There is an argument that museum and art galleries are our new ‘temples’ – the places we take our families, meet our friends or seek out for periods of quiet contemplation and solace. Art is unquestionably important to humanity; it adds richness and depth to our lives and helps us reflect and define the society we live in. Galleries, auction houses and museums all play a role in influencing what artwork remains in the public domain. 

As a general rule, museums collect art with little concern about financial value but rather approach each purchase with the question: what meaningful role can this work of art play in people’s lives? By contrast, gallerists, dealers and auctioneers allocate value first, worked out by a number of different metrics, not just its importance. It is these art ‘powerhouses’ that largely define the current system of value that we place on an artwork at a particular moment in time.

The global art market is a fascinating industry to work in, and it certainly has the potential to make investors money, as well as providing great joy and pleasure to the collector. Particular areas of the market have maintained their value through recessions and held up well against other investments, while cleverly planned collections are also good for market diversification.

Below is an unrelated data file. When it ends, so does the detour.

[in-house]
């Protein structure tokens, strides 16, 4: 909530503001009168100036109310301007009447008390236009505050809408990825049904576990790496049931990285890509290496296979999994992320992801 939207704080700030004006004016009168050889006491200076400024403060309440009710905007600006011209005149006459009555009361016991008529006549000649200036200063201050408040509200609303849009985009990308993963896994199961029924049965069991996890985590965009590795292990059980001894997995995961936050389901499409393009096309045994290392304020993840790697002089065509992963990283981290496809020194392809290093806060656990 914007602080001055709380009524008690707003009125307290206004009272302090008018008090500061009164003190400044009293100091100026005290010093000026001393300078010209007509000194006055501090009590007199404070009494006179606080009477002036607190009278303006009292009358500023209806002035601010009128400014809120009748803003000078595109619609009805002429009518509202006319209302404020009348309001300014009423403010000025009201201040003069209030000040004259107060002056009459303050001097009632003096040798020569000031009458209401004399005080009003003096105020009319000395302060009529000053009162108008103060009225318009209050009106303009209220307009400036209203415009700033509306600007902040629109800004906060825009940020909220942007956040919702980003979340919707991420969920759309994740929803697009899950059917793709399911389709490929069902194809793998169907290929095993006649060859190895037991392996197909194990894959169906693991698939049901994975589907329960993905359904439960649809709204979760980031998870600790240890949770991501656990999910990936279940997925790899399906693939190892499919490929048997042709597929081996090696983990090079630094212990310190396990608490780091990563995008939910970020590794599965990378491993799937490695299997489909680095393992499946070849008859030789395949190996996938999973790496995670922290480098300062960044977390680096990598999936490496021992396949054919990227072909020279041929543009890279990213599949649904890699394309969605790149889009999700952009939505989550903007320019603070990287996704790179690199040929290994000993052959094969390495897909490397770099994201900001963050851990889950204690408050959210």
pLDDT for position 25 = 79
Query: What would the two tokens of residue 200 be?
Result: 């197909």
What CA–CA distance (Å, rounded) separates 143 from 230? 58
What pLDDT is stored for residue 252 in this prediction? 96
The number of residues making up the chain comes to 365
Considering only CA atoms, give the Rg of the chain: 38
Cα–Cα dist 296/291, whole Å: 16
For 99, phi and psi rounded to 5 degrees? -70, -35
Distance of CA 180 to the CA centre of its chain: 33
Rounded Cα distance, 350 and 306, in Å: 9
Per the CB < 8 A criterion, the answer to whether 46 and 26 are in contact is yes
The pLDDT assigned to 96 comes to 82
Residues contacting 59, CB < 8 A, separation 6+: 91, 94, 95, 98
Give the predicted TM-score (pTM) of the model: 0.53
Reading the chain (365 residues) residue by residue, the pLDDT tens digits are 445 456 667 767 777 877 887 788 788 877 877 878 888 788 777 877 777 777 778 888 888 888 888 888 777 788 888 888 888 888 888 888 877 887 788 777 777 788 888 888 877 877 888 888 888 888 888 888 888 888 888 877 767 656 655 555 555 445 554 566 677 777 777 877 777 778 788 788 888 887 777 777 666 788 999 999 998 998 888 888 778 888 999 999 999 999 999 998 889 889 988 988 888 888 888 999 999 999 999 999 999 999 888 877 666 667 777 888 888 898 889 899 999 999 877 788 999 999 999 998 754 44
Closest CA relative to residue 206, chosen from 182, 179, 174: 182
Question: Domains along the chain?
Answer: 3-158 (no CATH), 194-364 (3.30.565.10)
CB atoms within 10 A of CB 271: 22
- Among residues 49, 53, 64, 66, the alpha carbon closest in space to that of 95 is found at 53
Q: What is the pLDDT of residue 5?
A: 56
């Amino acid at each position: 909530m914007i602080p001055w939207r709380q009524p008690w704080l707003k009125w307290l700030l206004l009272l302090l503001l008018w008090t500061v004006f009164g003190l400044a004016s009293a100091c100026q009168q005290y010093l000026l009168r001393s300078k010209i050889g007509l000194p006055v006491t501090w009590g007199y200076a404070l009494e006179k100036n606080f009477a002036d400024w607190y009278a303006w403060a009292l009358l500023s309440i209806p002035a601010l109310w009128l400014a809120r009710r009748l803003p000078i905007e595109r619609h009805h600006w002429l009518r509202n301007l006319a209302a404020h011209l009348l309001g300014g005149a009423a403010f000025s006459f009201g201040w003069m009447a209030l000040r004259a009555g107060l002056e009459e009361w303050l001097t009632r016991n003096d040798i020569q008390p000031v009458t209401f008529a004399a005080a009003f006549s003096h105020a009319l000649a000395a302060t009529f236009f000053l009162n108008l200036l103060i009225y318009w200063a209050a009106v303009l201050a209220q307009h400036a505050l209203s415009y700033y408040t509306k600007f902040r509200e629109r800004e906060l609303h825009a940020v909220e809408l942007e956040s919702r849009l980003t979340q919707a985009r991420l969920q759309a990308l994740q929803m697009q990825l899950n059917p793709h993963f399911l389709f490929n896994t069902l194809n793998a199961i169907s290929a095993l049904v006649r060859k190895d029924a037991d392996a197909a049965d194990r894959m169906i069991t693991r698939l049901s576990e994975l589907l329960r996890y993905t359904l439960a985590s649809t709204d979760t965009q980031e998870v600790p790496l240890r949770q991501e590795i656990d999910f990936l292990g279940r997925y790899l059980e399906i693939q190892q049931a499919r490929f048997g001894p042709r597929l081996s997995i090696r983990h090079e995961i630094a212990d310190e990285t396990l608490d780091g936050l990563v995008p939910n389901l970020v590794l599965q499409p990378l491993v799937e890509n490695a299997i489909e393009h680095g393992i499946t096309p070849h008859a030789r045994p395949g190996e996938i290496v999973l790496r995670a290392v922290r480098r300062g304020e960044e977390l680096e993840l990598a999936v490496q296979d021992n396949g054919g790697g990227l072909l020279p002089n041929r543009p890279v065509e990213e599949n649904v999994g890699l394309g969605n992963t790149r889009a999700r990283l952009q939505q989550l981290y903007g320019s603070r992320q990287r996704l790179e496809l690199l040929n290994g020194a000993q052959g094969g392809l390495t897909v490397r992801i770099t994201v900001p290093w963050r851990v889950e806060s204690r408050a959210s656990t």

"Buy what you love, this is my number one golden rule, for all collectors at all price levels"

Brexit implications

We are yet to know the effects of Brexit, as only time will tell. The market is currently uncertain, though the major auction houses in the aftermath of the vote have had a series of successful summer sales. While they may have taken a knock compared to the sales figures of last summer, this is mainly due to reluctant sellers this season. What we do know is that the buyer base remains global, strong and diverse.

According to mid-season reports, there has been a surge of new collectors entering the market and e-commerce sales are growing at a dizzying rate. Artists have also continued to break records in terms of price; for example the former young British artist Jenny Saville saw her painting Shift, 1996-7 – from the groundbreaking Sensation exhibition at the Royal Academy – sold for $9m to the Long Museum in Shanghai – a long way from its $1.5-2m estimate. What is certain is that London continues to be a vibrant epicenter for the art trade. There is also the old adage that the art market is sought out in times of economic uncertainty as a store of value and a buffer against inflation.